Natural History

A quiet day at the lab

As a zooarchaeologist at the Virginia Museum of Natural History, I usually spend quite a bit of time in my lab identifying, or trying to identify, many pieces of bone, antler, and shell, mostly from Native American sites in the North American Middle Atlantic states.  The lab is also usually bustling with volunteers washing, sorting, and labeling samples.  Today though, the lab is unusually quiet (hopefully there’s a photo below).  I am out of town doing some background research for a new project, the fauna from the Barton site – a multicomponent Native American village site in western Maryland.  This week I was working at the library at the Maryland Historical Trust.  The Trust library houses the site files, reports, and publications dealing with Maryland archaeology and historical resources.  I now have a much longer reading list to work through over the next couple of months!

I decided to take a break from library work and the 100 degree heat and took a diversionary trip to The Walters Art Museum (thewalters.org) in Baltimore to see their temporary exhibit on writing implements.  I saw an object new to me – an 18th century small ivory writing tablet.  The tablets in the exhibit were small (approximately 1 in wide and 2 inches long) and were stored in small metal cases.  The user would write a note on the tablet and then they could wipe the note off of the smooth ivory surface and write a new note when needed.  The first write-on-wipe-off board!  And one more use for ivory to consider if I see flat ivory pieces in a historic site assemblage.  Even on a gallery visit where I didn’t plan on seeing anything work related there was still something to keep in mind for future analyses.  That’s one of the great things about archaeology; there’s always something new to learn and almost everywhere you go there is something relevant to what we do.

It looks pretty quiet in there!


Digging with Kids: Historic Archaeology, Education, and Fun

The Kids Are Scientists Too (KAST), Archaeology Field School for Kids has been held annually since 2004 at the Farwell House site in Storrs, CT, USA on the campus of the University of Connecticut.  Children between the ages of 9 & 15 are able to learn the scientific methods of archaeology by excavating a real archaeological site.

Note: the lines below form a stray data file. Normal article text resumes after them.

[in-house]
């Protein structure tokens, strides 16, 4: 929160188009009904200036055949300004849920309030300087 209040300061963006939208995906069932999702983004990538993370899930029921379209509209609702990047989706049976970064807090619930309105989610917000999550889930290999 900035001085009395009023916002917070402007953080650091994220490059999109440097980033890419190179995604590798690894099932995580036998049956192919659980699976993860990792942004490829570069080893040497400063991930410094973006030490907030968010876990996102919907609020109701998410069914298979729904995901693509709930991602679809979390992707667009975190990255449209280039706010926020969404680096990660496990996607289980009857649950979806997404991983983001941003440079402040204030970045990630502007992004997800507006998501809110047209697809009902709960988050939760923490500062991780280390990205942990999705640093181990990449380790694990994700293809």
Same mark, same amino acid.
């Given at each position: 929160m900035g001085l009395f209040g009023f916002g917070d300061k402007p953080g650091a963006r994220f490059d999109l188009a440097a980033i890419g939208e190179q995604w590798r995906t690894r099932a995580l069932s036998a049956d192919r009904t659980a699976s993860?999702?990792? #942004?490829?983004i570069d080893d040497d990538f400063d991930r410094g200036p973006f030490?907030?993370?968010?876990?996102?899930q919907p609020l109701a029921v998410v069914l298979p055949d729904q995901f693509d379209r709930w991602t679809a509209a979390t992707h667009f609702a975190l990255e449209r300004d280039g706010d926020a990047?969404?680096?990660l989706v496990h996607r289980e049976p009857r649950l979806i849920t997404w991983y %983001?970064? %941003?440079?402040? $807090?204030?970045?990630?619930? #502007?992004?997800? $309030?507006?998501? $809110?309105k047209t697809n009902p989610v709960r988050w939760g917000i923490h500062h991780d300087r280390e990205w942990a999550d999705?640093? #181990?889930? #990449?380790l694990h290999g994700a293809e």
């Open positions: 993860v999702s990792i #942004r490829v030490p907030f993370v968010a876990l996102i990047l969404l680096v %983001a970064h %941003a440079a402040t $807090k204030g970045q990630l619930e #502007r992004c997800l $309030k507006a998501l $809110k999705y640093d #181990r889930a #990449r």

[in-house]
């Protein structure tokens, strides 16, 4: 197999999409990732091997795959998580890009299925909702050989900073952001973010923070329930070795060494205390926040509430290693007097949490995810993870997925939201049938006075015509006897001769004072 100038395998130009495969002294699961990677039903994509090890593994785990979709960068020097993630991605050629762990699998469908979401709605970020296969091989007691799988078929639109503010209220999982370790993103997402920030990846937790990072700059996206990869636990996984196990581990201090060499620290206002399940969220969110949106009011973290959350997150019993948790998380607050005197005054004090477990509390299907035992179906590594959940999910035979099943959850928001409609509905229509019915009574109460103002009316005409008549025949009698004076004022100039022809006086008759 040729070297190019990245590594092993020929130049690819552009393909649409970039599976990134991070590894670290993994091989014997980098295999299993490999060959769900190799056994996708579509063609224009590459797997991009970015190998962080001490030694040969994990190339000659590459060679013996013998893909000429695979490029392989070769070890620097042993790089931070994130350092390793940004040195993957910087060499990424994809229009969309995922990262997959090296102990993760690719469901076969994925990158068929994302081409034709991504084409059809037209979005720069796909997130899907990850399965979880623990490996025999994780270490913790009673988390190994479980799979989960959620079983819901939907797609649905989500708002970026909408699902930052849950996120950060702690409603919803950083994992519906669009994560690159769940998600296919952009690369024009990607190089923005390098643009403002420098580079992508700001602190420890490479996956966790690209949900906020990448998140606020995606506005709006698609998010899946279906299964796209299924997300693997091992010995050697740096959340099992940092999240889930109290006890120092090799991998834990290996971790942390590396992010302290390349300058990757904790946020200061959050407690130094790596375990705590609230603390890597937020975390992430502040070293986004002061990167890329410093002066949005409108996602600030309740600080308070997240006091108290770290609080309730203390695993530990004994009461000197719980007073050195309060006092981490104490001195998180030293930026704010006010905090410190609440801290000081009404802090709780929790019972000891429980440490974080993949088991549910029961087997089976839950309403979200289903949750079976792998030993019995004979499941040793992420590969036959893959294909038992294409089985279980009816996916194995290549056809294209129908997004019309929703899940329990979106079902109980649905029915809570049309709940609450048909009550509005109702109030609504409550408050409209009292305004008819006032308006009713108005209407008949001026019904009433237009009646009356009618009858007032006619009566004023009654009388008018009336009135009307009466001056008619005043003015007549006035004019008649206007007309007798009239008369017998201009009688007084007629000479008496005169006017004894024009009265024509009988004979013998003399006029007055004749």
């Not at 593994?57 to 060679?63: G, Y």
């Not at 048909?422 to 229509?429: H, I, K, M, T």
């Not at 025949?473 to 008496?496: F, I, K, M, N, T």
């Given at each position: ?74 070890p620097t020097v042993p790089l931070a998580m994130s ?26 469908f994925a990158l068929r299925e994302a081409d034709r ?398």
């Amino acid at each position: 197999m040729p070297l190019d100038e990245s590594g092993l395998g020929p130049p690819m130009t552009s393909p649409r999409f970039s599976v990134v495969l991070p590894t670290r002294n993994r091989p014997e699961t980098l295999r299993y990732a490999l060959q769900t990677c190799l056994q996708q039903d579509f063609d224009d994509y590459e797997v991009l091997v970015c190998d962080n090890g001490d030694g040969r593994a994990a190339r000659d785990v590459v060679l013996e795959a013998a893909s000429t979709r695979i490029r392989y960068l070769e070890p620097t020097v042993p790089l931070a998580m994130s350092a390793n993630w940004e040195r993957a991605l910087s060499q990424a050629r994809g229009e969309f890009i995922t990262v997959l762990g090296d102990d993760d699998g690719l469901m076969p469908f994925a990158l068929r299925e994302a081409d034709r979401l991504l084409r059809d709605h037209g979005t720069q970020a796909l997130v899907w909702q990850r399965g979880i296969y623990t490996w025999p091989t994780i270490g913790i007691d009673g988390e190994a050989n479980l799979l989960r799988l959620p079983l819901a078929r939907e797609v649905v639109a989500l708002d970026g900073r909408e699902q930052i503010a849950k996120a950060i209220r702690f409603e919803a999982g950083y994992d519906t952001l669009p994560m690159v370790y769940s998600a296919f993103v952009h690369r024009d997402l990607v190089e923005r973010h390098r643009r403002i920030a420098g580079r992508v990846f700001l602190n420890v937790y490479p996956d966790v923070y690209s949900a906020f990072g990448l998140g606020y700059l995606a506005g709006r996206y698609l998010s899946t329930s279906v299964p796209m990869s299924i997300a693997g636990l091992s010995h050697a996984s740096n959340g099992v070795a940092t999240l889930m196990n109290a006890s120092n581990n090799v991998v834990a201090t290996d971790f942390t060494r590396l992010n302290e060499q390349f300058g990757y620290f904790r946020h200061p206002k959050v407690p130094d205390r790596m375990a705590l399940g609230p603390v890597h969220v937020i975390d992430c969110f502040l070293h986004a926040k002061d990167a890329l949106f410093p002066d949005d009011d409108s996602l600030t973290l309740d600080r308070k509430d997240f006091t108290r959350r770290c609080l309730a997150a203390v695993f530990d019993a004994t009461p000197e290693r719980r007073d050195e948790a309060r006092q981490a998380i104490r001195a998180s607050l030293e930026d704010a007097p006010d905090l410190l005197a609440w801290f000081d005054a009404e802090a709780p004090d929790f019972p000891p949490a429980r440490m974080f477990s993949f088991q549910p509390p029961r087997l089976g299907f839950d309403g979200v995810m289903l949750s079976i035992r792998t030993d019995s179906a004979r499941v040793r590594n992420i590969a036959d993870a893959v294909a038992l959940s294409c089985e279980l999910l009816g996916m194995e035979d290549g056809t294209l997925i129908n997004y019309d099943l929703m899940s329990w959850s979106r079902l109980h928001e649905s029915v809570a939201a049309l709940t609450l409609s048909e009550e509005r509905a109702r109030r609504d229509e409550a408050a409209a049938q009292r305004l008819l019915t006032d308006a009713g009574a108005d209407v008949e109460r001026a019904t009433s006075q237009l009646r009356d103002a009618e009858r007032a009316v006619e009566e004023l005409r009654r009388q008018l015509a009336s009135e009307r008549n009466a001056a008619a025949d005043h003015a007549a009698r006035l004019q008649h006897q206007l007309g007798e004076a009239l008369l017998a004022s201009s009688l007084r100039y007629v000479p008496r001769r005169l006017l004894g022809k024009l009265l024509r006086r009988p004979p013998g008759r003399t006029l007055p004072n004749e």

Farwell House

The Farwell House was built in the mid-18th century and occupied by the Farwell family until 1908.  The house was sold in the early 20th century, and shortly thereafter the University acquired the House.  The House served as a dormitory until the University determined maintenance costs were too high. The House was burned down in a fire training exercise in 1976.  At that time the house was the oldest in town.  The foundation was filled in, and the only research conducted on the site has been by children participating in the KAST dig.

The site is ready for Field School

Each summer new units are excavated in what once was the front, back, or side yards of the House.  Much of what the students discover in the upper layers relates to the burning episode.  Below the burn layer are artifacts dating to the occupation of the House and date to the 18th-19th centuries.

All excavations are overseen by a professional archaeologist, and reports are filed with the State Historic Preservation Office.  Now that the program is in its 8th year with its 5th staff archaeologist, questions about excavation strategy, professionalism, and the future of the site and the KAST program are coming to the fore.  This year has been especially introspective and self-critical.  As we move forward we want to insure not only an enjoyable experience for the students, but a professional investigation of an historic archaeological site that answers real research questions and makes a contribution to not only the archaeological community, but to the larger community.

The KAST Field School has run for the last week and concluded Friday the 29th of July 2011.  After 4 days of excavation the students spent a day in the “lab” at the Connecticut State Museum of Natural History.  Activities included washing and identifying artifacts and creating a display of their finds that will remain on exhibit at the Museum.

KAST excavators looking for artifacts in the screen

 

A KAST Student Washes Artifacts

KAST Display

The program has been well received by not only the students, but also their parents and local media.  A local news program visited the site and interviewed students for a short interest piece on the evening news.  It is my personal hope that programs and publicity like this will reinforce the importance of historic preservation and archaeology even in a precarious economic climate.